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Movie Review: 'A.C.O.D.'

By Bill Wine
KYW Newsradio 1060

PHILADELPHIA (CBS) -- The acronym stands for Adult Children Of Divorce and, boy, are there a lot of them in this first generation of grownups for whom divorce was the norm growing up.

A.C.O.D., which, where marriage is concerned, could also stand for A Collective Of Doubters, is a conversational comedy about a beleaguered son of bitterly divorced parents.

Adam Scott, a busy actor in his splashiest starring movie role, plays Carter, a child of divorce and successful thirtysomething restaurateur whose feuding, remarried-to-other-people parents' long-ago divorce was – and remains -- anything but amicable.

(3 stars out of 4)

He seems okay about that, but both his patient yoga-instructor girlfriend (Mary Elizabeth Winstead), wondering whether his romantic commitment to her will ever kick in, and his therapist (Jane Lynch), who, it turns out, wrote a best-selling book about him as an example of the A.C.O.D. phenomenon, might beg to differ about the effect it has had on him.

When his younger brother (Clark Duke), whom he helps support, gets engaged, it's up to Carter to go into mediator mode –- which started for him when he was nine years old -- and reunite his bickering mother and father (Richard Jenkins and Catherine O'Hara) and their new spouses (Amy Poehler and Ken Howard) in time for the wedding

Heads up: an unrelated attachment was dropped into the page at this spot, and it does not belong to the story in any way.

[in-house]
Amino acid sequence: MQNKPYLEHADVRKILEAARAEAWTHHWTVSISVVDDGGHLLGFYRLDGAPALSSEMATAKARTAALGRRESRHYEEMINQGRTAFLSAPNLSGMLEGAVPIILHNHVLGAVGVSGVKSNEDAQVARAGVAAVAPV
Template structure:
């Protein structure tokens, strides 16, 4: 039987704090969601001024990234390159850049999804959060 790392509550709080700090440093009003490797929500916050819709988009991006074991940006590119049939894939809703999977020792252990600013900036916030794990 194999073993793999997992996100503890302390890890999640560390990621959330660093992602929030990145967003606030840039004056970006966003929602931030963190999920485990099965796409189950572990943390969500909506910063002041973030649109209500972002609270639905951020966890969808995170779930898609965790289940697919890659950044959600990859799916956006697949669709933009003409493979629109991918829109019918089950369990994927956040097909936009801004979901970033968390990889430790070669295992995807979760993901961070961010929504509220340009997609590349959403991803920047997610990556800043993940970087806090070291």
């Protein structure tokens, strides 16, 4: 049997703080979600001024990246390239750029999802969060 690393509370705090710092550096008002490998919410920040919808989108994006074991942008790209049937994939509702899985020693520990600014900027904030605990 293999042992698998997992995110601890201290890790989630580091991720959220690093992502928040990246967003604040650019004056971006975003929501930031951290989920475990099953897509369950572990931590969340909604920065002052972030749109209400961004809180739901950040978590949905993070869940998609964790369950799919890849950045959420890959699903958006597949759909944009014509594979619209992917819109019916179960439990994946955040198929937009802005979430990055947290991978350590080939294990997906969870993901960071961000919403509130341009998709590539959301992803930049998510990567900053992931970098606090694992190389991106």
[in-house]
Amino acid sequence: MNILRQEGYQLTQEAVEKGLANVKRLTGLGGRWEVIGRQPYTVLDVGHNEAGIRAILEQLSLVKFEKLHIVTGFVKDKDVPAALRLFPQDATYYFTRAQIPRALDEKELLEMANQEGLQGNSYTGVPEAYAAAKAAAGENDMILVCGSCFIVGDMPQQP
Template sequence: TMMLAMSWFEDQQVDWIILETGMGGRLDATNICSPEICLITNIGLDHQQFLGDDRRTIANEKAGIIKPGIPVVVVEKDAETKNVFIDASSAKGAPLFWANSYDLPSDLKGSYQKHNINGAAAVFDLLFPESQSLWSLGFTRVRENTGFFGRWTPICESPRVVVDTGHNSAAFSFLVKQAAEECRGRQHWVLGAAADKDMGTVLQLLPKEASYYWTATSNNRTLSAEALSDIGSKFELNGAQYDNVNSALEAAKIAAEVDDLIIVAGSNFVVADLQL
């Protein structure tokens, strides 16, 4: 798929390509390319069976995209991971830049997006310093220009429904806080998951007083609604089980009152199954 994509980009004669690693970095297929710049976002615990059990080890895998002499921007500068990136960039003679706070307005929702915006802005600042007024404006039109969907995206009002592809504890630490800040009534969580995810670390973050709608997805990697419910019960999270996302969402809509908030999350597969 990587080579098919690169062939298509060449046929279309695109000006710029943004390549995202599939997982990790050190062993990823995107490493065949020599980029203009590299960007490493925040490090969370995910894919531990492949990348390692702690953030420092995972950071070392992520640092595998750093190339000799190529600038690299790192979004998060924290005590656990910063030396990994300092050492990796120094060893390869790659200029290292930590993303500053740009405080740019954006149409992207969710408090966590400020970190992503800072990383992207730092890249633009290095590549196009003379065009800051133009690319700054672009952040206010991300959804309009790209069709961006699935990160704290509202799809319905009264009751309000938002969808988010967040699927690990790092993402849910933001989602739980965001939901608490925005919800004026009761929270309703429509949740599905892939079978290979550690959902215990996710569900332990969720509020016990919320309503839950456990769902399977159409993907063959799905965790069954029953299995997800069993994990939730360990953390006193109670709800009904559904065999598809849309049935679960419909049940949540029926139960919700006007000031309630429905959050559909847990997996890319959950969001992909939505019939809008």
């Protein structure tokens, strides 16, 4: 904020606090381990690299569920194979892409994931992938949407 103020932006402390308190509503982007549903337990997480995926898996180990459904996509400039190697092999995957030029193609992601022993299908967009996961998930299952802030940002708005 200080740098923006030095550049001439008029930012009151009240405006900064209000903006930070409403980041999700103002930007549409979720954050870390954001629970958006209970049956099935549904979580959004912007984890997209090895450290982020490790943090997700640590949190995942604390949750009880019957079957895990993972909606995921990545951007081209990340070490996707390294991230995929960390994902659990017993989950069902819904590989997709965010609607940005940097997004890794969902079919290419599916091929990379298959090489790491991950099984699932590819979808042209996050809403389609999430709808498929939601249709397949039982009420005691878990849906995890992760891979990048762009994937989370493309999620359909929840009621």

The understated Scott, who's in virtually every frame, is able, watchable, and likable, as expected, exhibiting crackerjack comic timing as he whines and complains and delivers his drily witty dialogue like a skilled mail carrier handling with care.

And the sharp supporting ensemble know what they're about: acerbic zingers abound, fly, and land.

Debuting director Stu Zicherman, whose background is in television and who co-wrote the succinct, intelligent screenplay with co-producer Ben Karlin, has a terrific modern premise on his hands (a look at what one character describes as the "least parented generation EVER") and makes the most of it in an enjoyable, frequently funny exploration of modern-day extended-family life that's so resonant, it makes you wonder why it hasn't been tackled in a similar vein before.

Not a frivolous romp, A.C.O.D. is a thoughtful, provocative consideration of its central theme (to wit: maritally speaking, where have all the role models gone?) that produces plenty of laughs and, almost casually, a generous allowance of food for thought as well.

So we'll divorce 3 stars out of 4 for an insightful, bittersweet comedy anchored by the adroit and appealing Adam Scott. A.C.O.D. is F.I.N.E.

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